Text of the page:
Learn more about realising a healthy body, eating habits, mind and space with our helpful tips.
While there are some differences between mindfulness and mediation there is very good evidence that both practices are useful in maintaining good mental health. Most importantly, do some research and find a practice that you are comfortable with so that you continue to use the practice which best suits you. Then, be patient and consistent with your routine – feeling the benefits may take some time.
There are many types of Mindfulness and Meditation.
Mindfulness is learning to train your attention to the present moment without dwelling on what has happened in the past or worrying about what might happen in the future. Mindfulness provides many physical and psychological benefits. Mindfulness can be developed over time with practice.
A good explanation of the differences between meditation and mindfulness can be found here.
Mindfulness is learning how to be fully present and engaged in the present moment, becoming aware of your thoughts and feelings without distraction or judgment. Try this simple ‘leaves on a stream’ mindfulness exercise.
In any meditation or mindfulness practice you will find yourself distracted by thoughts about things which may be worrying you. It is natural that your mind will wander but part of the meditation / mindfulness practice is being aware of when this happens and being able to gently redirect your mind back to your mindfulness or meditation practice.
Studying your chosen course can be a very busy time and sometimes looking after your mental wellbeing doesn’t take priority. Any good routine should include time to do the things which you find enjoyable and relaxing.
Meditation comes in many forms. Some examples of meditation are:
Try a quick and easy mantra meditation - So hum meditation
Procrastination means: ‘to put off till tomorrow’. Procrastination can be characterised as a breakdown in our ability to regulate and organise our thoughts and efforts to achieve an important outcome for ourselves within reasonable time.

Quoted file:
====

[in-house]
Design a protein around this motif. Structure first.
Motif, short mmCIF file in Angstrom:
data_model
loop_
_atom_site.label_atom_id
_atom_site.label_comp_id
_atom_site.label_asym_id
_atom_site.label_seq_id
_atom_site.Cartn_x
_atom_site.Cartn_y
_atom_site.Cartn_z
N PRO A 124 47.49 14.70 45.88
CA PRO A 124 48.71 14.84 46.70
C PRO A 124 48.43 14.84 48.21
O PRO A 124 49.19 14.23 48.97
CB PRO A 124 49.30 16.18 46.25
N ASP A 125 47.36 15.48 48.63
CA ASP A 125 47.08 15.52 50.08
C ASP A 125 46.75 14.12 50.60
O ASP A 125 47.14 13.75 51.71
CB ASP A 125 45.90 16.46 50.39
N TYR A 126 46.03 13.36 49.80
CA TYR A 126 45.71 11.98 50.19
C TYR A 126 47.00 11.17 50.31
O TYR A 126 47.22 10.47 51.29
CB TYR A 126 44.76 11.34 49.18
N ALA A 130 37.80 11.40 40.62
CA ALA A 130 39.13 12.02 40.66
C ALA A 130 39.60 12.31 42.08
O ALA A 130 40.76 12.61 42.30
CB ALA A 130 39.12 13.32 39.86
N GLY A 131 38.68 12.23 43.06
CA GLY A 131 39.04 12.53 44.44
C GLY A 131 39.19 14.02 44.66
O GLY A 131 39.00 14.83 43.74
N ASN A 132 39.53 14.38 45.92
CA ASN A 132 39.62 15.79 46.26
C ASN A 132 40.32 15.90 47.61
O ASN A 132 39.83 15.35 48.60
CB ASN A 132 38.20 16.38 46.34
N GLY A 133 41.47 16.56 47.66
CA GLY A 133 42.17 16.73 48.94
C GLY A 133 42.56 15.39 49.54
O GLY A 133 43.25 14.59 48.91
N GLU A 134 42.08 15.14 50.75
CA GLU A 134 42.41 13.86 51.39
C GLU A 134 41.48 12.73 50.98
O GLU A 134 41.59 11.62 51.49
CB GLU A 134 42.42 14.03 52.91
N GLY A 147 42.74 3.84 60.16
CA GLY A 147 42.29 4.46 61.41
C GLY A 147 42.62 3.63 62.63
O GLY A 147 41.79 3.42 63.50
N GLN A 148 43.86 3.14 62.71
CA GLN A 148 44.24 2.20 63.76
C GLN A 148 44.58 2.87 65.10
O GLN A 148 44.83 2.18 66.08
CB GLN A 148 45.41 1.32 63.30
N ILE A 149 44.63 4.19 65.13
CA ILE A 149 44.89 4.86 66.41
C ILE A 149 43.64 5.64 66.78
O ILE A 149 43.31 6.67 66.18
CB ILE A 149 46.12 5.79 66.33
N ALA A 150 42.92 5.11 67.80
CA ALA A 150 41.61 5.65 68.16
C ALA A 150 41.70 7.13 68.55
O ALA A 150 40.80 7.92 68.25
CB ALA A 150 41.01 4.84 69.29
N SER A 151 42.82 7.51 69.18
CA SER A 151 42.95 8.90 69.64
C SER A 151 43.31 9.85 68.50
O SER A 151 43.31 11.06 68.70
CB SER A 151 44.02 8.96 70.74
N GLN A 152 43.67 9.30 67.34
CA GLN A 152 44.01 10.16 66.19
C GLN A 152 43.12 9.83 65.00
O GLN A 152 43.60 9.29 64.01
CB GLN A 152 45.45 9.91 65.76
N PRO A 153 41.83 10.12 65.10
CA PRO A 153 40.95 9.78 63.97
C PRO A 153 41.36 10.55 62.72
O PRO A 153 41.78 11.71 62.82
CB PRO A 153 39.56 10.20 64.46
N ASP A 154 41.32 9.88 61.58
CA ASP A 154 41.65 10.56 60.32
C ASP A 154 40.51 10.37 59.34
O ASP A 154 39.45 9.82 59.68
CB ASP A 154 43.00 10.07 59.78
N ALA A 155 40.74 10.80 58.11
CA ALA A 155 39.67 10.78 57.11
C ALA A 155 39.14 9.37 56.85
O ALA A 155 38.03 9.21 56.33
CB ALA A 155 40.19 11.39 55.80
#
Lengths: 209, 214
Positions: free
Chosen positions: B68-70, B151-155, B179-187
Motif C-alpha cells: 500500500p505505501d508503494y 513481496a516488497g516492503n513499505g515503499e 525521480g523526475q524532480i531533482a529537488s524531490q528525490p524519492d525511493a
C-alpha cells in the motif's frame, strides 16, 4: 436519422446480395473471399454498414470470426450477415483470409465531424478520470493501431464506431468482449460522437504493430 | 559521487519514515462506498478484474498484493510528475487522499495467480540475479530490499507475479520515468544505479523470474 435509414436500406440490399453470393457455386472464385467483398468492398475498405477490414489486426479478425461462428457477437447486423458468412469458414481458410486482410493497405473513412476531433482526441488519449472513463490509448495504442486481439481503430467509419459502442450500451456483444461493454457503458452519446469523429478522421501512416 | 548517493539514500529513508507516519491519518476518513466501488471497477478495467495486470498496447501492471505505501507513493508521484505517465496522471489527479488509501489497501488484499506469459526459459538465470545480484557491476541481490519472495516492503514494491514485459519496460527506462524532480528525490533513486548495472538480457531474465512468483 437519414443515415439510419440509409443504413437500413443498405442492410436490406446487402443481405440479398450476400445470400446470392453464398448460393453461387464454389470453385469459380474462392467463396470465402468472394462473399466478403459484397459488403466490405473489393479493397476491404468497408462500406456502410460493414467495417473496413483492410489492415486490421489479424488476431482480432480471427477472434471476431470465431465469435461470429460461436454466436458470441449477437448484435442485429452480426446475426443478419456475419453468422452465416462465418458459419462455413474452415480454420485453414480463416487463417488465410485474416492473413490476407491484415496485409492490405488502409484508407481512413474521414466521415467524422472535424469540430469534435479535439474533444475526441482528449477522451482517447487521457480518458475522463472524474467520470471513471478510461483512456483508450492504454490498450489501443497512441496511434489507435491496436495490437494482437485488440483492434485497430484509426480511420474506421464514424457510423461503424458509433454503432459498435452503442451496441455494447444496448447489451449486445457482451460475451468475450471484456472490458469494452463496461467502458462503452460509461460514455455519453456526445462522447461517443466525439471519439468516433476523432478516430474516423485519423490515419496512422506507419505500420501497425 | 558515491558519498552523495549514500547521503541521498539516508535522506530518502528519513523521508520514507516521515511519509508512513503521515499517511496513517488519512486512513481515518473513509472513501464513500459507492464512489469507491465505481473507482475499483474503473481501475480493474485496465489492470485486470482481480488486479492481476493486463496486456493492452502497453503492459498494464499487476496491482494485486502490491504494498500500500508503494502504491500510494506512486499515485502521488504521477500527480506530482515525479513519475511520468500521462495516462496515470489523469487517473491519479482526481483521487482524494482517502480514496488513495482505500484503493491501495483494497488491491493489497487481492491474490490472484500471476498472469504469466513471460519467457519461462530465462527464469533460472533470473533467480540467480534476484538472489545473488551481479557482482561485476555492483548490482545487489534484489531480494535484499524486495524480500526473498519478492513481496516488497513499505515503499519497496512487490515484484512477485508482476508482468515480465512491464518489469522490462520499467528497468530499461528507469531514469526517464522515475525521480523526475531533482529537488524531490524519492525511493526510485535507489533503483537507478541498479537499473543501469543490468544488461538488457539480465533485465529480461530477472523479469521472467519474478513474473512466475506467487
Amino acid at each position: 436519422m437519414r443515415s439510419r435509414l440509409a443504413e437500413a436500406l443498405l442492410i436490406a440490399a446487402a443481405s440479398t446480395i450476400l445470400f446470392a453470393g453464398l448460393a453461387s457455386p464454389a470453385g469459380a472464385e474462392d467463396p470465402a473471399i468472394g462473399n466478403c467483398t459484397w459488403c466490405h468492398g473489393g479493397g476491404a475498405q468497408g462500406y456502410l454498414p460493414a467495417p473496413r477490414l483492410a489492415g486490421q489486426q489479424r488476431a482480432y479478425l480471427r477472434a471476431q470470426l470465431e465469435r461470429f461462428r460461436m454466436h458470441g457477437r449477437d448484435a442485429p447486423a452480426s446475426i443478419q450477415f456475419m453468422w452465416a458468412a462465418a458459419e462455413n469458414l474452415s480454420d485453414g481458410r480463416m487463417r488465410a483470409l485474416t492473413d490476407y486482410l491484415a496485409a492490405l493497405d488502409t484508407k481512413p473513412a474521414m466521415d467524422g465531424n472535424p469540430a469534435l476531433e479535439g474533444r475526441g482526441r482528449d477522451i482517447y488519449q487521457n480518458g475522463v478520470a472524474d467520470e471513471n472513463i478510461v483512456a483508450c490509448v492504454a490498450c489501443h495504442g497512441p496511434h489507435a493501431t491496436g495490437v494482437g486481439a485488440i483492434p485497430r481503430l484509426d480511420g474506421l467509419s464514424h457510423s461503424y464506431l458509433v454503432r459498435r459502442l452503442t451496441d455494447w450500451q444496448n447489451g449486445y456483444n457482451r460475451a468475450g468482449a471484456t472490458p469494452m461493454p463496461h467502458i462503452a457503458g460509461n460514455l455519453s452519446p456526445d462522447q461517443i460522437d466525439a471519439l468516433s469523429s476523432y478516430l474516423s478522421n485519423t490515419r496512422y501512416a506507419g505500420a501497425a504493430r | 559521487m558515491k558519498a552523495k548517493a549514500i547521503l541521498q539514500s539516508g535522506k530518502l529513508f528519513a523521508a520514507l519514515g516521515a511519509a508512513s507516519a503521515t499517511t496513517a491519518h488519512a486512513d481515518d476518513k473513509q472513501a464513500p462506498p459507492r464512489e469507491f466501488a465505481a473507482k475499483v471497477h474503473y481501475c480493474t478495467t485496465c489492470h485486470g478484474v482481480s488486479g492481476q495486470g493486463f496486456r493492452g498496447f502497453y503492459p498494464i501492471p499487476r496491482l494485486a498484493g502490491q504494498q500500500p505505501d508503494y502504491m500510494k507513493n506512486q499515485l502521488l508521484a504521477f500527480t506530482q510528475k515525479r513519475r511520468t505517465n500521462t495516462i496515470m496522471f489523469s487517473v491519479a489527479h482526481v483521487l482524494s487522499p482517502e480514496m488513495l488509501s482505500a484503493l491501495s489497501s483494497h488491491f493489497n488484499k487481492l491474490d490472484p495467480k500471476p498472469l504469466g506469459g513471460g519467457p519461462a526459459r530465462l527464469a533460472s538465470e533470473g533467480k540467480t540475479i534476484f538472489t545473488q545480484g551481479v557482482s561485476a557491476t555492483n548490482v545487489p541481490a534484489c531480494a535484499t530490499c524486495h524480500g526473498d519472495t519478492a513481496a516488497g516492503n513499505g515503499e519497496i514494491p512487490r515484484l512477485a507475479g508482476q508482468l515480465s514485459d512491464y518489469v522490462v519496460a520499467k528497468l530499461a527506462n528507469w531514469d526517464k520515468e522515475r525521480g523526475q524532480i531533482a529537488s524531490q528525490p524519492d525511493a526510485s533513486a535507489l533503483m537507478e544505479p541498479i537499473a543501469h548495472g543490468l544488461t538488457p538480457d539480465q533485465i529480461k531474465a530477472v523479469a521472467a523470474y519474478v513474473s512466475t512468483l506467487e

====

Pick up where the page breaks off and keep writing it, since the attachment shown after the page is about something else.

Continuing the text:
Procrastination often occurs when we perceive negativity or unpleasantness in aspects of an upcoming priority. Typically, we substitute a less important activity for the more important one. This pattern of delaying and postponing things can over time make us feel anxious and stressed.
What you think, will directly affect how you feel, which will directly affect what you do. Understanding between your thoughts, feelings and actions are important to overcoming procrastination.
You do have control over what you think, however it is important to acknowledge that it can be hard to ‘just change your thoughts’. Sometimes certain thoughts have been around for so long that you can feel like you have no control over them. Take time analyse your thoughts – write them down – sometimes people can get caught up in ‘thinking traps’ that affect how they view a situation. Here are some tips to examine the evidence of your thought and find a more ‘balanced’ view of the situation:
People with strong family or social connections are generally healthier than those who lack a support network. Make plans with supportive family members and friends, or seek out activities where you can meet new people, such as a club, class or support group.
Eynesbury ensures students who elect to study in Adelaide take full advantage of the opportunities that the city has to offer. Our focus is to provide all students assistance with the transition into Adelaide and provide greater integration with all local and international students.
Eynesbury arranges a broad range of activities for students both on and off campus to help them connect. Our BBQ's and bushwalking activities are popular as they provide students with the opportunities to relax and meet others.
Study Adelaide organises many sporting and social activities for international students in Adelaide. Popular activities include; The Lord Mayor's Welcome Party for International Students, Dundee's Wildlife Park, Twenty20 Cricket and BBQ Lunch, Day Tours, Learn to Surf and free tickets to soccer and Australian Rules Football games.
Stress is part of everyday life, everyone experiences stressful times in their life. Stressful situations for international students may include meeting high academic demands, being in a new environment, living away from home for the first time, sitting exams, managing finances, finding a study/life balance.
Positive management of stress results in positive emotions such as enjoyment, satisfaction, enthusiasm and excitement.
Finding ways to increase coping resources will help students decrease the stressors that life will throw your way. Here are some practical tips:
Useful mobile apps: